Among the symptoms commonly experienced by people with diabetes, regardless of which type they have, is headaches. Diabetes and headaches often go hand in hand, but what is the connection between the two?
What is diabetes?
Diabetes is a medical condition in which people are unable to manage their blood glucose (blood sugar levels) naturally. There are many types of diabetes, including type 1, type 2, and gestational as being the most common.
According to the American Diabetes Association, an estimated 34.2 million Americans, or about 10.5 percent of the population, is currently living with diabetes. Of these, approximately 1.6 million people have type 1 diabetes, formerly referred to as juvenile diabetes, while the remaining majority have type 2 diabetes, gestational diabetes, or less common types of diabetes.
About 7.3 million people, or more than 1 in 5 people, who have diabetes have not yet been diagnosed with the condition. They are likely experiencing symptoms that are signs of diabetes but aren’t yet aware that they have the condition.
People with type 1 diabetes do not produce any insulin, a naturally occurring hormone made in the pancreas that controls the levels of blood glucose in the body. Type 1 diabetes is actually an autoimmune disease in which the body's immune system attacks the insulin-producing beta cells in the pancreas. After those cells are irreversibly destroyed, the pancreas no longer produces the essential insulin hormone.
Type 2 diabetes is marked by insulin resistance, in which the body becomes resistant to the effects of insulin, or decreased insulin production, resulting in elevated blood sugar. It commonly develops in adulthood, but it is possible for children and teens to develop the condition.
Regardless of whether a person is experiencing type 1 diabetes, type 2 diabetes, or one of the more rare types of diabetes, they can experience very high blood sugar levels, known as hyperglycemia, or very low blood sugar levels, known as hypoglycemia.
Headaches can occur as a result of both hyperglycemia and hypoglycemia and are often attributed to fluctuations in blood sugar levels.
What causes headaches?
There are many different reasons why people experience headaches. People of all ages can experience headaches, and they are the most common source of pain for people today. Headaches cause millions of days of missed work and school each year.
There are two main types of headaches: primary headaches and secondary headaches. The pain caused by a headache can be moderate to severe regardless of whether it is a result of primary or secondary causes.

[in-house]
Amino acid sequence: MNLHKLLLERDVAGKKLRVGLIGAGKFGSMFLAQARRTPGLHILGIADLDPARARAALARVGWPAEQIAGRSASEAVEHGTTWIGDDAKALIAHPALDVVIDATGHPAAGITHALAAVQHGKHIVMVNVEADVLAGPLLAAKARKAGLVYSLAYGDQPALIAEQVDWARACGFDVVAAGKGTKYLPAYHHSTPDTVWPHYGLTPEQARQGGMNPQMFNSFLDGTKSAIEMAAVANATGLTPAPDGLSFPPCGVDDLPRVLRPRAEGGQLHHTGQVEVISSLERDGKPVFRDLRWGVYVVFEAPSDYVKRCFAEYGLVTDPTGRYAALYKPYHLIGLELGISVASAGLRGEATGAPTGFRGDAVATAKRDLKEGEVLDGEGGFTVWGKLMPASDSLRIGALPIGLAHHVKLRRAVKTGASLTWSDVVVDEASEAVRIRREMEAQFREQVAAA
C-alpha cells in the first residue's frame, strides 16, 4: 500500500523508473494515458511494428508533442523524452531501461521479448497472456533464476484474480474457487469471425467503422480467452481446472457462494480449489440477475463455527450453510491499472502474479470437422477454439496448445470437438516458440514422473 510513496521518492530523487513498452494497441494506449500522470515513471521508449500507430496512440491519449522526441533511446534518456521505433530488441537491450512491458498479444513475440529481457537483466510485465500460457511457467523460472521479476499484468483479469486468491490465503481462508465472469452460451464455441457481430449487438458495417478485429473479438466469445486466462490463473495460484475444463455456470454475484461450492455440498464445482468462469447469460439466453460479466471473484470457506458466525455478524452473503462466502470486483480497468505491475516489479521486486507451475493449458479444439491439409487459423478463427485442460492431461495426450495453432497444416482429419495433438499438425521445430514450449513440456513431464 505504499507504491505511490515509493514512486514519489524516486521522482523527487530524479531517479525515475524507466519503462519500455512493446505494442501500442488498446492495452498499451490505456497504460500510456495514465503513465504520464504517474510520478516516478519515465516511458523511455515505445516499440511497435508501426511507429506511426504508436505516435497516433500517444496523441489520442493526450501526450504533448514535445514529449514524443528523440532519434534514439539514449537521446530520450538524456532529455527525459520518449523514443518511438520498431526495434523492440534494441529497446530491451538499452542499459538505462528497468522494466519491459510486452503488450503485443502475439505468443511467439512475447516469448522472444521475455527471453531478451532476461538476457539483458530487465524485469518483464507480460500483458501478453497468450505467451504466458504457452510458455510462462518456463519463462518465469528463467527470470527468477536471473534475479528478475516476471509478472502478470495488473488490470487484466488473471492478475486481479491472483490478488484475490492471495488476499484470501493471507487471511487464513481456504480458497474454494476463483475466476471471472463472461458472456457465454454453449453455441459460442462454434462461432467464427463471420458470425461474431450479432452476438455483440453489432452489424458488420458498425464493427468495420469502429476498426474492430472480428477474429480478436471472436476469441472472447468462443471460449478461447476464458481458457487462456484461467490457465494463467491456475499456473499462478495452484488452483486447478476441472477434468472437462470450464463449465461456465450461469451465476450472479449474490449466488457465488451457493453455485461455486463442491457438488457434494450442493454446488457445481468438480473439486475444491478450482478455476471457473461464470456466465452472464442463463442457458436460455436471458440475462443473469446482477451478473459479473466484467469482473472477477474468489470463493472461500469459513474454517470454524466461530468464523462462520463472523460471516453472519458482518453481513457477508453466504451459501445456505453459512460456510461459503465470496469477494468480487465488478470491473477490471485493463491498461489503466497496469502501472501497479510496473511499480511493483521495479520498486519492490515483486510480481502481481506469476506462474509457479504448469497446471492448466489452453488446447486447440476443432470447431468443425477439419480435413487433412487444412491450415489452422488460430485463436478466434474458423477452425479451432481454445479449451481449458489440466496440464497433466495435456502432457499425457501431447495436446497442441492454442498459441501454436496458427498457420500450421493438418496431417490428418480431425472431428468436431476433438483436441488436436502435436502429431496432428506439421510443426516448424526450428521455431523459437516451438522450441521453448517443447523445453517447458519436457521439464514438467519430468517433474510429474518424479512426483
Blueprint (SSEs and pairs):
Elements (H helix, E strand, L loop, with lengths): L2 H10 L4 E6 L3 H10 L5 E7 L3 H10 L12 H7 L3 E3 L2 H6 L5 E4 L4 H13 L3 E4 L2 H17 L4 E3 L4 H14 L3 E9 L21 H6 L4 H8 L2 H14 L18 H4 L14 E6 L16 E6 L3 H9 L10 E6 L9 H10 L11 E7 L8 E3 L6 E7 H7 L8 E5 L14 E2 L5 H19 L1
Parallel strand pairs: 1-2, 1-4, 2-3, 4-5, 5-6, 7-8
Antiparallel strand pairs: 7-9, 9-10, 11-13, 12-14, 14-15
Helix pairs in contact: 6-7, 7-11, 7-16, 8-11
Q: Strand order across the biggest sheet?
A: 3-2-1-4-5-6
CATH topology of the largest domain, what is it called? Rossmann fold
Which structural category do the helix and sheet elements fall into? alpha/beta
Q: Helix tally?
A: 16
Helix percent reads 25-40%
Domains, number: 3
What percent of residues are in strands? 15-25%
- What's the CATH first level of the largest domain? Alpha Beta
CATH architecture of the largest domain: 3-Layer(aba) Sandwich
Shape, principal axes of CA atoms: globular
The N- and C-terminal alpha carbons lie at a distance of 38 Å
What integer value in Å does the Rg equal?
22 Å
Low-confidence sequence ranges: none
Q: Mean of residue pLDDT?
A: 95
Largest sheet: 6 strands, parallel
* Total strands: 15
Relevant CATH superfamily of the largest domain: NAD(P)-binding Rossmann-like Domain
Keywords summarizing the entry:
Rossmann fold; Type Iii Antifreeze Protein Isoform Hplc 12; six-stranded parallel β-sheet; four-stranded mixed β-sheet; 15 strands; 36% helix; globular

Primary headaches are headaches that occur when blood vessels, muscles, cells, or nerves in the head send signals of pain to the brain. Tension headaches and migraine headaches are common examples of primary headaches.
Secondary headaches are not directly caused by an issue in the brain itself and are instead caused by an underlying health condition such as diabetes.
In addition to diabetes, other causes of secondary headaches can include:
Structural issues in the brain
Fever or infection
High blood pressure
Anxiety or stress
How does hyperglycemia cause headaches?
As noted above, hyperglycemia, or high blood sugar levels, can cause headaches. People who have not yet been diagnosed with diabetes or who struggle to manage their blood sugar levels can commonly experience hyperglycemia, which can be dangerous if not addressed.
High blood sugar commonly occurs when an individual does not have enough insulin in their system to cover the carbohydrates eaten to keep their blood sugar normalized. When blood sugar levels are too high, damage to the blood vessels and nerves can occur. If the body is unable to use the glucose in the blood for energy, it starts to burn fat instead, which can cause a buildup of waste products called ketones. This buildup can lead to a condition called diabetic ketoacidosis, which can warrant a trip to the emergency room.
Most people do not experience symptoms of hyperglycemia until their blood sugar is over 200 mg/dL, and symptoms, including headaches, may be slow to appear.
Headaches can take several days to develop and are considered a sign of hyperglycemia. If you are experiencing a headache caused by hyperglycemia, it may be a signal that your blood sugar levels are too high.
Other symptoms of hyperglycemia include:
Slow healing wounds
How does hypoglycemia cause headaches?